UT Dallas Conference to Look at Neuropsychiatric Disorders
Second Annual BBS Event to Gather Brain Scientists from Around the Country
Apr. 3, 2012
This year’s UT Dallas Neuroscience Conference will focus on the brain’s cortical and subcortical networks and how their interactions are linked to neuropsychiatric disorders.
The conference, which the School of Behavioral and Brain Sciences launched in 2011, is expected to attract a large number of leading brain scientists from around the country. The sessions will take place on April 13 on the UT Dallas main campus.
Dr. Peter W. Kalivas, Medical University of South Carolina
The public is invited to attend the keynote address, “Cures for Addiction Hiding in Synaptic Plasticity,” by Dr. Peter Kalivas from the Medical University of South Carolina, Charleston. Kalivas will discuss how recent findings about neurotransmission may lead to a better understanding of addiction and the development of new treatments for addicts.
Activity in subcortical areas of the brain – below the cerebral cortex – influences regulation of many physiologic functions, such as wake-sleep cycles, emotion, memory, volition, attention and perception. Subcortical areas affect cortical activity by controlling the spatial and temporal patterns of neuromodulators in specific regions of the brain, by promoting short- and long-term synaptic changes and by regulating excitability in certain brain regions.
Among the conditions associated with dysfunction of subcortical-cortical interactions are drug addiction, psychoses, post-traumatic stress disorder, obsessive-compulsive disorder and depression.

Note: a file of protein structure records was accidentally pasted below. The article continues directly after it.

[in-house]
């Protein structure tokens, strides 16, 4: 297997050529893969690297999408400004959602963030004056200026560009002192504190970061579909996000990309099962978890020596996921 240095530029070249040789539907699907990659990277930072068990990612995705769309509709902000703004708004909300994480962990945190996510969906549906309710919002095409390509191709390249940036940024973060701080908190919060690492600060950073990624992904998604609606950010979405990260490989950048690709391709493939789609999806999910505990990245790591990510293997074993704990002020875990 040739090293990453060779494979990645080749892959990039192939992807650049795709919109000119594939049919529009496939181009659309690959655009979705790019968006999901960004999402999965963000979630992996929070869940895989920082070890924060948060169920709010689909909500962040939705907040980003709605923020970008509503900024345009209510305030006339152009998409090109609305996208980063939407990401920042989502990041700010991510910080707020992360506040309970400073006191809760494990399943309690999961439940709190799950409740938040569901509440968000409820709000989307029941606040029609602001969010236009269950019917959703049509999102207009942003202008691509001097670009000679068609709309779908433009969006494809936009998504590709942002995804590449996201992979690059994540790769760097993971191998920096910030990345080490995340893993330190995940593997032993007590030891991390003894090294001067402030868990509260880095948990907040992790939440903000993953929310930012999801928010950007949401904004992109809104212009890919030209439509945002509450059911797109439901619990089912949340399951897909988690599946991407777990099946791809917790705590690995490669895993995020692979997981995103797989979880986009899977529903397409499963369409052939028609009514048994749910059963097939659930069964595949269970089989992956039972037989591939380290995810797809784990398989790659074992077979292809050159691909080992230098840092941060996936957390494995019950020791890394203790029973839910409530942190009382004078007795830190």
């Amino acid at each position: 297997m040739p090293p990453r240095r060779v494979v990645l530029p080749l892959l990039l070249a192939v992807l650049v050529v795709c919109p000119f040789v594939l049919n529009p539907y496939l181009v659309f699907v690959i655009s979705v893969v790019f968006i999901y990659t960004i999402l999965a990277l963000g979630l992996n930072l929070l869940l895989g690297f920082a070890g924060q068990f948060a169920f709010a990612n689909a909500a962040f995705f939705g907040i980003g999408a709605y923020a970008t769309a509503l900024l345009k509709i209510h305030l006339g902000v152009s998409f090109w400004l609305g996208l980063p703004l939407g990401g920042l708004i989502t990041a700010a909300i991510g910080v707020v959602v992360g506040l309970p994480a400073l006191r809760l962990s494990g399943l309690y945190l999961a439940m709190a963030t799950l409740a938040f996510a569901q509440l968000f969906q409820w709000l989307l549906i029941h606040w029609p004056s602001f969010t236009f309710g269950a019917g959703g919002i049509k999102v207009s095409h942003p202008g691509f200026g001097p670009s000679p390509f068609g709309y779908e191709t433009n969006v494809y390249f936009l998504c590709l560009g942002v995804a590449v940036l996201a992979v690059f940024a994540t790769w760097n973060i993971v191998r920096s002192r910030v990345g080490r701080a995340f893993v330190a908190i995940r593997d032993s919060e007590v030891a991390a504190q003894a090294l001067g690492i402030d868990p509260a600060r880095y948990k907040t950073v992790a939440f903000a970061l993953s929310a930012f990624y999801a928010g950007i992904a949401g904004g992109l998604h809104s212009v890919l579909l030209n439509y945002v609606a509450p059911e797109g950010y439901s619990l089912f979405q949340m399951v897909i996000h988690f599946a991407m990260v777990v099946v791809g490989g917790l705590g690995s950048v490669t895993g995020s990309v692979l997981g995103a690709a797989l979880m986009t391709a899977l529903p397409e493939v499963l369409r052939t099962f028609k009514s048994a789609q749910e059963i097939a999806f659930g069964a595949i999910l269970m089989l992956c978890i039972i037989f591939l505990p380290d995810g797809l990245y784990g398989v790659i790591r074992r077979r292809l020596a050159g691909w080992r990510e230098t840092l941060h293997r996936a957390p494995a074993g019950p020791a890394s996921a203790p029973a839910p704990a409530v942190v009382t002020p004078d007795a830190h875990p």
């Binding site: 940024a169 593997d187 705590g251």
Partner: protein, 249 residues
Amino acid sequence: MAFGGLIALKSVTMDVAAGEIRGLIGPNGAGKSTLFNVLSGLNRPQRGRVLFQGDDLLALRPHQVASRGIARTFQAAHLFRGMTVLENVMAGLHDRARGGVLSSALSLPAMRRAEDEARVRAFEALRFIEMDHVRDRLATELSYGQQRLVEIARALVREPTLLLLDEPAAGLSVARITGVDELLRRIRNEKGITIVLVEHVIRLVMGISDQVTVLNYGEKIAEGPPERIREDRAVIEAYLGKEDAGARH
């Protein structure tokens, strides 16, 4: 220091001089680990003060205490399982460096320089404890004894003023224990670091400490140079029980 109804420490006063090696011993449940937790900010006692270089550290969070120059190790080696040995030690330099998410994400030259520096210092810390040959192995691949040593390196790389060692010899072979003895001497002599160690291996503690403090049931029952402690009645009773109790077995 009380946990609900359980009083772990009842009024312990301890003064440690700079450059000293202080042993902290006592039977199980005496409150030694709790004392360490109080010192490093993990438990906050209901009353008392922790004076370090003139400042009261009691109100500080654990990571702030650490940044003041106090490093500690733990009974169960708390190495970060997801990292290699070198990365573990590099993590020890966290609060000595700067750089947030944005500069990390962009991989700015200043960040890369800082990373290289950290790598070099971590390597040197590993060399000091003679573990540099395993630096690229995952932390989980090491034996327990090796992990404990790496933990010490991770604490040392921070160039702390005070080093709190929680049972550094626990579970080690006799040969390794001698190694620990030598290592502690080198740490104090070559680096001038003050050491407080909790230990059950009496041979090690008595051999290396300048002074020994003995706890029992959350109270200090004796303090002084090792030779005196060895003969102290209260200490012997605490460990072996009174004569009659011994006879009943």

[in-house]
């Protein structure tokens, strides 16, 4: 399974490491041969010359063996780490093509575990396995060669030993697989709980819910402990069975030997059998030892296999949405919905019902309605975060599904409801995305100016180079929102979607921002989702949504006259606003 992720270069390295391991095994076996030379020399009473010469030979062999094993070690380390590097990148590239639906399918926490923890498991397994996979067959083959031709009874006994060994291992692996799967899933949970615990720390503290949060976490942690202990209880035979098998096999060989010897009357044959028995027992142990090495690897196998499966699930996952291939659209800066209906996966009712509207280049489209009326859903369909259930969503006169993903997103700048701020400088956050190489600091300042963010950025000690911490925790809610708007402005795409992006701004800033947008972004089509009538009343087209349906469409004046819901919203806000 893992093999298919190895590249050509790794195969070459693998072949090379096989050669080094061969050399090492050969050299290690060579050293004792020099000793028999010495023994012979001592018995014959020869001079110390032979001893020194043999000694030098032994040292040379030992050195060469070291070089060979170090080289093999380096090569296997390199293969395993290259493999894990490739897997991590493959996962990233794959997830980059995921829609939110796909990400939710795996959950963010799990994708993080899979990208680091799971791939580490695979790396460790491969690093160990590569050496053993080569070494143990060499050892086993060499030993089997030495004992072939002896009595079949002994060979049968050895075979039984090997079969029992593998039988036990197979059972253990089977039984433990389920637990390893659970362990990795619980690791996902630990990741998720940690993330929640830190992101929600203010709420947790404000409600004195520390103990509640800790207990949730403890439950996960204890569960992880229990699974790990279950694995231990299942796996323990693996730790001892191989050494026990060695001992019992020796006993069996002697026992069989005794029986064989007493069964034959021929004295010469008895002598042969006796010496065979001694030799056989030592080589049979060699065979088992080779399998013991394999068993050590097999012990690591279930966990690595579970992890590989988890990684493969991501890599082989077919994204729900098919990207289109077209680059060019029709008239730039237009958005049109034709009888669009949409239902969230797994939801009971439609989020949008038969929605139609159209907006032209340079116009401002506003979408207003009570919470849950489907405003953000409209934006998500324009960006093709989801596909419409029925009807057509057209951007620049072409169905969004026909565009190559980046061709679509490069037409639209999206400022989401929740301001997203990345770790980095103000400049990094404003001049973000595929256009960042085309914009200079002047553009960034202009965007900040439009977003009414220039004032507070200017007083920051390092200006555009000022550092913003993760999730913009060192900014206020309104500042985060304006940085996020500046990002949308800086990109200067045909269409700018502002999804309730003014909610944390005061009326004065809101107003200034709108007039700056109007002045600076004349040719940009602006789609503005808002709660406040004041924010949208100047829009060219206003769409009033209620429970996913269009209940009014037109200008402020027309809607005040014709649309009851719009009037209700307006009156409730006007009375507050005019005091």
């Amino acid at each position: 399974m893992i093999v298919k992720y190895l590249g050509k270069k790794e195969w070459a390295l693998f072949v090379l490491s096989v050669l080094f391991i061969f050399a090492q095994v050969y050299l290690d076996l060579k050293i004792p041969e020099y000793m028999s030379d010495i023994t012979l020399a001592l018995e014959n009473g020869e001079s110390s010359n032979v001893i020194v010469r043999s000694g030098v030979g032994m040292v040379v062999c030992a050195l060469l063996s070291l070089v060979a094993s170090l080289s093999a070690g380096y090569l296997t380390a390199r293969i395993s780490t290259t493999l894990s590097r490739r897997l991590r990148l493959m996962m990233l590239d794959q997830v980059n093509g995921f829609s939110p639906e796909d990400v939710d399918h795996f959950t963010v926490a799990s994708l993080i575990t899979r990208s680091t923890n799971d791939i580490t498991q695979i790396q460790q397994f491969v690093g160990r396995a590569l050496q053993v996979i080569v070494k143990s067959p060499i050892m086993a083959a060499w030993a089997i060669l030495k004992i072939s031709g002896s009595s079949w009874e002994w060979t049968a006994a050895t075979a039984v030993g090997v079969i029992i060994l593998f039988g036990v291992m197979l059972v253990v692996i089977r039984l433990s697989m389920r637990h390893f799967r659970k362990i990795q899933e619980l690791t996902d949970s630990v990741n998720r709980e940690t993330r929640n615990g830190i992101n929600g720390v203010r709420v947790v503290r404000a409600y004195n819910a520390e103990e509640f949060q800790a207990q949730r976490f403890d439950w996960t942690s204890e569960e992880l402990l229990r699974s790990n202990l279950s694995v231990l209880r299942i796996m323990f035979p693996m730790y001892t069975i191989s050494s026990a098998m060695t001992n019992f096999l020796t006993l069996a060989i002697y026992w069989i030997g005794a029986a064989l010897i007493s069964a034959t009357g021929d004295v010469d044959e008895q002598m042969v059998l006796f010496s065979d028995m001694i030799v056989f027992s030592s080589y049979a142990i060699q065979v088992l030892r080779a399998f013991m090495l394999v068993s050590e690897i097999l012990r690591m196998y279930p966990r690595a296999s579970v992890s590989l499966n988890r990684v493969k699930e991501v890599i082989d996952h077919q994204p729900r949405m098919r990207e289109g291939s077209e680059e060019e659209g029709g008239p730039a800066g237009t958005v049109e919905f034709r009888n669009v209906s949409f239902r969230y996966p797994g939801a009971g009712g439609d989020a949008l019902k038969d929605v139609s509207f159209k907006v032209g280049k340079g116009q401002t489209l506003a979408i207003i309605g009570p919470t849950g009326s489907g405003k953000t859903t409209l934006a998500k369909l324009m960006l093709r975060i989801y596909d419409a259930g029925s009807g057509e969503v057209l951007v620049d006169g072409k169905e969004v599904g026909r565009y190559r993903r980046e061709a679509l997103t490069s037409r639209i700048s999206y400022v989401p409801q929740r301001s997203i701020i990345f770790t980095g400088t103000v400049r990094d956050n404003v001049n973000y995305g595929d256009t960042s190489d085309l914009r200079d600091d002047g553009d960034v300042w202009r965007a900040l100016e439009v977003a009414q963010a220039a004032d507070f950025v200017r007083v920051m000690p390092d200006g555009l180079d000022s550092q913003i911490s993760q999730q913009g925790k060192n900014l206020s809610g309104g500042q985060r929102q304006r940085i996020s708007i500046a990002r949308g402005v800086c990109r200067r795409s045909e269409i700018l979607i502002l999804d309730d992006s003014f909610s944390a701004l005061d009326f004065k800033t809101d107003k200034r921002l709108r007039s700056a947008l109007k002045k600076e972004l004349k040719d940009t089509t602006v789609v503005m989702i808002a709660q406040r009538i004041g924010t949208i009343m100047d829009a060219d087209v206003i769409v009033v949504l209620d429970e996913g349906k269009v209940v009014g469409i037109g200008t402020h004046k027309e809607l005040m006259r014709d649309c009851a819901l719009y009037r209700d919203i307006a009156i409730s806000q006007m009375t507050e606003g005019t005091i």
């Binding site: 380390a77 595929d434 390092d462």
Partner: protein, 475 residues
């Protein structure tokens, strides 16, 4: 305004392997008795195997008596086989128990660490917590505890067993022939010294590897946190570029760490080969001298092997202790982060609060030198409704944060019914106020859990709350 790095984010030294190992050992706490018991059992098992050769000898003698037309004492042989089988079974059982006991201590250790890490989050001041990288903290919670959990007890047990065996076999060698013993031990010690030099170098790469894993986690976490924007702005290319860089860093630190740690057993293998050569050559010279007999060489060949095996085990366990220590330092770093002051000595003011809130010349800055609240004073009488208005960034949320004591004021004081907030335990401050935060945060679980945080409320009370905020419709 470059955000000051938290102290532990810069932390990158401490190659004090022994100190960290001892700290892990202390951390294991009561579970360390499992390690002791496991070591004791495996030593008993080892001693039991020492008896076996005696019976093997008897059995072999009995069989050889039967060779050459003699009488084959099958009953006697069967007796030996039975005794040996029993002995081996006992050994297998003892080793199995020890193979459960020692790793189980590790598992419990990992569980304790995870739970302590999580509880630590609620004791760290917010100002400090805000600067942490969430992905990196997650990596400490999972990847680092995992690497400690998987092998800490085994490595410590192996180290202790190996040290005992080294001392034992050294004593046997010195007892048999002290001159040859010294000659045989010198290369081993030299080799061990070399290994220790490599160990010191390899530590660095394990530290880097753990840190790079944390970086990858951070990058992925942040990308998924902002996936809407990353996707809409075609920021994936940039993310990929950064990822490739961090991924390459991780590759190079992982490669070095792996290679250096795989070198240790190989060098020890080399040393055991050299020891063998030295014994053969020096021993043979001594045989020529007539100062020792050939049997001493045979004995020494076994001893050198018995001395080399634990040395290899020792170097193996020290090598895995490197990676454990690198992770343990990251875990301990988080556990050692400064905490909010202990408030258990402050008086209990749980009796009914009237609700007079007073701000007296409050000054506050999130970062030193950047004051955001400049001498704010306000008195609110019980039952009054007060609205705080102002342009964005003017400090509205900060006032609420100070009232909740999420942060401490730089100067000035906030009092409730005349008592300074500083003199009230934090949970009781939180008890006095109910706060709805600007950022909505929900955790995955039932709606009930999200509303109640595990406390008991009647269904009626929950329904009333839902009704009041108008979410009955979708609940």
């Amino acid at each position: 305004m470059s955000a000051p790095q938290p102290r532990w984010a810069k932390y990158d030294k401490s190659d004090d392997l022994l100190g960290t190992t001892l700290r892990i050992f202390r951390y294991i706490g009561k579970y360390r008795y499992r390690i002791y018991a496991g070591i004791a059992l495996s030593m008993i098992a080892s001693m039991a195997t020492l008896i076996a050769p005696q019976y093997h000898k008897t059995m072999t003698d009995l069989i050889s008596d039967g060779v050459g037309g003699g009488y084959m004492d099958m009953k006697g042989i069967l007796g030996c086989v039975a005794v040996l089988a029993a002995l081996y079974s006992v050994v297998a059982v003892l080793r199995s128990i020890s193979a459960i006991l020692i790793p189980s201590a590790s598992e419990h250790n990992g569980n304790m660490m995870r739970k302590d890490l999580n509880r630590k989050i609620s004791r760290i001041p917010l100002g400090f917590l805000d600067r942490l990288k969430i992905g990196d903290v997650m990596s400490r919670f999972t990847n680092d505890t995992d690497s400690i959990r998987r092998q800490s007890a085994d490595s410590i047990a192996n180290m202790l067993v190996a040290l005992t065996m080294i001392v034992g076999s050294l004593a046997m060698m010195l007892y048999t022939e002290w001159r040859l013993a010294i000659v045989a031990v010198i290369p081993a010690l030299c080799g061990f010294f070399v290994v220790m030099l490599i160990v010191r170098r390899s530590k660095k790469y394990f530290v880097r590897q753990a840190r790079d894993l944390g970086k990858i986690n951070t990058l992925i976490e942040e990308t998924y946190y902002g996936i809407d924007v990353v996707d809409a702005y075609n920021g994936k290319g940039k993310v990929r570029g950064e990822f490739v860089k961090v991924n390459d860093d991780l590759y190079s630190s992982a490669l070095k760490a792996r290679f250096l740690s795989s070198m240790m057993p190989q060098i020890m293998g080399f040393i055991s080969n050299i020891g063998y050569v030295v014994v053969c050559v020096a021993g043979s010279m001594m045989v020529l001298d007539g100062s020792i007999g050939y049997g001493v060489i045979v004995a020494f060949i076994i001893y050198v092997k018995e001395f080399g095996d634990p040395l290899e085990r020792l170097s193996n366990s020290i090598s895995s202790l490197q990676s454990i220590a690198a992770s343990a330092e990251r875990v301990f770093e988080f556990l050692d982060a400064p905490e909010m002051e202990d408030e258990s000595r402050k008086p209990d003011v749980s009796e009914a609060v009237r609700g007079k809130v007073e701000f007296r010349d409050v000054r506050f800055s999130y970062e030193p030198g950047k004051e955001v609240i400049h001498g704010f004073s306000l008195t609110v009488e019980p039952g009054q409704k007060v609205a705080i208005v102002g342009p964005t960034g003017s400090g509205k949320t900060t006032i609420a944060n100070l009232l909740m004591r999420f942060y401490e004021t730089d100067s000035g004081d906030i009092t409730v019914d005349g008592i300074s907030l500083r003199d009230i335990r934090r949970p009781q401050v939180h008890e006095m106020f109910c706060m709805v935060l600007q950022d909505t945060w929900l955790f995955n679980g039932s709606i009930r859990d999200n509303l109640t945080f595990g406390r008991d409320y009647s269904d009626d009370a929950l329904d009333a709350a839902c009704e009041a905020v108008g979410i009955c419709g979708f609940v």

Dr. Marco Atzori
The one-day neuroscience conference brings together world-renowned scholars to present and discuss data from leading-edge electrophysiological, pharmacological, molecular and human-imaging studies related to these neuropsychiatric conditions.
Dr. Sven Kroener, assistant professor of neuroscience,
“Dr. Marco Atzori and I are very excited about the opportunity to host a symposium with such a great array of world-class speakers from both within Texas as well as from all over the U.S. and Canada,” said Dr. Sven Kroener, assistant professor of neuroscience, who organized the event with Atzori, as associate professor in BBS. “This conference will give our UT Dallas students and the interested public a chance to learn about what is happening at the forefront of neuroscience research right now.”
The symposium also will feature a roundtable discussion of some of the most important neuroscience-related questions pertaining to neuropsychiatric disorders.
Kroener said it is their goal to demonstrate how this complex scientific research relates to the future development of treatment options for patients who suffer from drug addiction, schizophrenia or other conditions.
Registration is free, but required to reserve a seat. Attendees who register in advance will receive lunch. Pre-registration will close April 9.
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